Robert Reich: Spouting nonsense again

In August, the United States created no jobs at all. Zero.

This simply isn\’t true.

It\’s nonsense.

The US created no net jobs is true, but the US created no jobs is nonsense.

It is Mr. Dillow who has been pointing this out for years. All economies are creating and destroying jobs all the time. The rise in unemployment, or the fall in it, comes when the process of creation or destruction becomes dominant. And that balancing figure is a small part of the whole movement too.

I think I\’m right in saying that the UK economy creates/destroys some 3 million jobs a year, about 10% of all jobs. That number, from memory, might be a little on the low side. The US economy it\’s a little higher, about 15% I think. I\’ve seen one number of 3 million a month which strikes me as a little over the top.

Now, OK, you might think this is trivial but it isn\’t. If you go around saying that \”no jobs\” have been created then you can end up starting to think that anything that creates jobs is just fine. Any job at all.

But when you understand that unemployment is the difference between the destruction/creation rate the whole problem becomes much more subtle. Yes, creating more jobs on net might well be a good idea: but you really do want to make sure that you\’re not increasing the destruction rate by doing so. Or perhaps slowing the creation rate in some part of the economy you\’re not looking at. Or even you\’re just creating jobs for those who would find them anyway.

Take that latest jobs report that Rubin mentions. Mining employment rose. Just market forces you understand. Yet many say that we should beat unemployment by putting up windmills. Create jobs. So, those people who put up windmills: are they likely to be the inner city deadbeats? Or those who could already get a job in mining (the skills are not exactly the same but they\’re comparable)?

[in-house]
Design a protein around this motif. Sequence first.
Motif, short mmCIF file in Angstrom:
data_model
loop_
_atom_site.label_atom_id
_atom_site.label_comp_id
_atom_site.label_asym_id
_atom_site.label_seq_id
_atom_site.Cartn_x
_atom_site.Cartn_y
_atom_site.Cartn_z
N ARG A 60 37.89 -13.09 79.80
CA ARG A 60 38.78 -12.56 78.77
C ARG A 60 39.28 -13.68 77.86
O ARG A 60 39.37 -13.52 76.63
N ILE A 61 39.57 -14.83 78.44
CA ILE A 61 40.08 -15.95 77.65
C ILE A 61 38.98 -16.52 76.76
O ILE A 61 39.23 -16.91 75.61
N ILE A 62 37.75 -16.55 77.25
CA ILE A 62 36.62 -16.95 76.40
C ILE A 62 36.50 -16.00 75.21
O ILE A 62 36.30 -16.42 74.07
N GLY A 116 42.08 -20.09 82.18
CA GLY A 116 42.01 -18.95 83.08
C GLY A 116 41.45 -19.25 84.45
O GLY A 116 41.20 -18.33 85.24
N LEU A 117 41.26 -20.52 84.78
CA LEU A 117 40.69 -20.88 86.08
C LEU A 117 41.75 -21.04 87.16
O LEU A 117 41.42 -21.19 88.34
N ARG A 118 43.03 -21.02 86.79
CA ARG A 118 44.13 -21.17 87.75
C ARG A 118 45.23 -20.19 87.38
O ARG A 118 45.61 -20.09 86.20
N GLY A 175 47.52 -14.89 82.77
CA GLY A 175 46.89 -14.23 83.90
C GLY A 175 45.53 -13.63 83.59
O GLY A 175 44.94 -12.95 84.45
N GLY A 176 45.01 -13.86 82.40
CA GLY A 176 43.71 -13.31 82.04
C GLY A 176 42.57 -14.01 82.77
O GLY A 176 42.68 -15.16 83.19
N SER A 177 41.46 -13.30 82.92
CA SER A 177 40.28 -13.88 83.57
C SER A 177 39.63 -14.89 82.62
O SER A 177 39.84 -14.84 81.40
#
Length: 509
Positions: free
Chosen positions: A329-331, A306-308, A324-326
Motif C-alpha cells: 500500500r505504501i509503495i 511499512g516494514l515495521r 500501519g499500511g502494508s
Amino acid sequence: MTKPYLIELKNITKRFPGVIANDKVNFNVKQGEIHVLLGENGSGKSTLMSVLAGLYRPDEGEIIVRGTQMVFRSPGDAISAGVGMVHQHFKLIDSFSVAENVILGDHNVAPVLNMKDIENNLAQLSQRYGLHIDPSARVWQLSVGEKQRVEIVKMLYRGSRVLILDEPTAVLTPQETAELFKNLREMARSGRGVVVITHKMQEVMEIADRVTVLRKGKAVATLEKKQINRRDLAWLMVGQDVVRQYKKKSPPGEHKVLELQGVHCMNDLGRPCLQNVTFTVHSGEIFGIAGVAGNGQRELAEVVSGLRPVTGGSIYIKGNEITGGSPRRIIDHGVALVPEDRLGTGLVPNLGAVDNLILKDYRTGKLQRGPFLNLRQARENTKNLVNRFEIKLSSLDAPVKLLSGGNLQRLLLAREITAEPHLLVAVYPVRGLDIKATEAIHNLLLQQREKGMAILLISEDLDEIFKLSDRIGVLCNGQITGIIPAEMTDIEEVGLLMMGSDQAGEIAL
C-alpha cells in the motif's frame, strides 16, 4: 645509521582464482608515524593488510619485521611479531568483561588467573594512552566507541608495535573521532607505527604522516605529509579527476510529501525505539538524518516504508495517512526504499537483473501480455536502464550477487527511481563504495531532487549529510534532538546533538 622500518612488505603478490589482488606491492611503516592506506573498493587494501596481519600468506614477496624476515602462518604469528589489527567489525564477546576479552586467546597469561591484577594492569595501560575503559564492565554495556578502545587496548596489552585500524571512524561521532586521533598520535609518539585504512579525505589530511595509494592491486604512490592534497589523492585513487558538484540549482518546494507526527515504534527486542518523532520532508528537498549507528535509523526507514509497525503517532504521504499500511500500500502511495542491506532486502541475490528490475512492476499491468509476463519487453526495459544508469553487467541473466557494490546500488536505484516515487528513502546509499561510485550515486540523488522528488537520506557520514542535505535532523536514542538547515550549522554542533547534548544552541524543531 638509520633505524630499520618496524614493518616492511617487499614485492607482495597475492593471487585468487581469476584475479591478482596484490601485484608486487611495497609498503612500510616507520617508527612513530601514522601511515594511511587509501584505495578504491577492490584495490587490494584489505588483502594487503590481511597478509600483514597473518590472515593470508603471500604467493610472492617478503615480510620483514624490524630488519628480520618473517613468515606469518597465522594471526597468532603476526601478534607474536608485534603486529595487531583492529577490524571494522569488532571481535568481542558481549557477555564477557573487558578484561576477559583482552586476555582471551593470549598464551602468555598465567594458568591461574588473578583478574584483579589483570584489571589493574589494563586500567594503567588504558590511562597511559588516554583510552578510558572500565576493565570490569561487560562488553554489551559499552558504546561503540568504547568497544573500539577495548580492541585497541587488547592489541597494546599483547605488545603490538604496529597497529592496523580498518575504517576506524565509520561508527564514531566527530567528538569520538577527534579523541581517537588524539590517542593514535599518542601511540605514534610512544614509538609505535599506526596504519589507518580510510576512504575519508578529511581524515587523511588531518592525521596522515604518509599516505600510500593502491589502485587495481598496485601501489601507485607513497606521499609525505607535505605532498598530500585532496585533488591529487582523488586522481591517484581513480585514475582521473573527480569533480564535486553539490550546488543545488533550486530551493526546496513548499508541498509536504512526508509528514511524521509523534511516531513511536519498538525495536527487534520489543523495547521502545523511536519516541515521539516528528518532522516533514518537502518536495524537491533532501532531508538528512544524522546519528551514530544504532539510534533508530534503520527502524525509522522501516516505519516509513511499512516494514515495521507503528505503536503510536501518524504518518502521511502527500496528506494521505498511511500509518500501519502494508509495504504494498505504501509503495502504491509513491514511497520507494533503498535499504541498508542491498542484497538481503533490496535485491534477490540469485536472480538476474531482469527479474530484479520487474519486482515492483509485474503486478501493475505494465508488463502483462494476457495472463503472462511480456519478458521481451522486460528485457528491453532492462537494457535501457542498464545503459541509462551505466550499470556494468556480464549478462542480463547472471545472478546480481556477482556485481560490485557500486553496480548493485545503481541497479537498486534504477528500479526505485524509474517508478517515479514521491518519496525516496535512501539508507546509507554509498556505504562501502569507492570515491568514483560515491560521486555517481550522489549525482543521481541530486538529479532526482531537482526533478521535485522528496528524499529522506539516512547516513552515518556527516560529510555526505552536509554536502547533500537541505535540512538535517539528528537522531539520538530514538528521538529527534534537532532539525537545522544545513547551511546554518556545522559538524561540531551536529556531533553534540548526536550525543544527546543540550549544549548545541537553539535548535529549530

It all becomes more complicated in this real world, doesn\’t it?

As to this proposal:

And a wealth surtax of 2% should be applied to all wealth in excess of $7m.

Twat. Capital taxation is the worst of all forms of taxation if its growth you want to see. And he is saying that he\’d like to see some growth, isn\’t he?

5 thoughts on “Robert Reich: Spouting nonsense again”

  1. There is an argument for tax in the rich and giving more to the poor in the US. US corporations are sitting on piles of cash and doing nothing much with it. Also, when given $X, the poor spend a higher proportion of it than the rich, thus giving the economy more stimulus.

    That argument is not foolproof, but it’s not a bad argument.

    Tim adds: Well, not really. Corporations ! equal the rich.

  2. Two points: They say unemployment is not the problem, but long term unemployment is. I think this is very true indeed – if one is out of work for a month or so then working again it a) means you do not worry as much about the next break in employment b) you make provision for those times, not living to the max on the never-never c) unlikely to get out of date in skills. Long term unemployment can break a person or stop a person fixing themselves.

    IMHO one way to help the long term unemployed is to remove National Minimum Wages and relax employment laws so people can “take a gamble” on someone without ending up in a messy tribunal situation if they have to later let them go.

    Also the near monopoly in low cost housing and a dearth of decent school places by local authorities means moving to find work is difficult for those who are insecrure as it is and living precariously.

    Second point is that I am beginning to see more and more voices piping up about taxing wealth as opposed to income. It is obscene to think that one is taxed on income as it is, being a form of slavery, but to tax wealth? That is something out of the Seven Samurai.

  3. Destroying jobs is good. We should do more of it. Because it means that we are getting more efficient, inventing labour saving devices, using less inputs for the same or more output, etc.
    (With all due sympathy to the sedan chair porters and telephone exchange operators in Tim’s readership.)

  4. bloke: preach it, brother. But my God, try convincing the average guy in the street that this is the case. As I commented on another post, one of the biggest hurdles is in showing people that truisms are called that because they are, well, you know, true.

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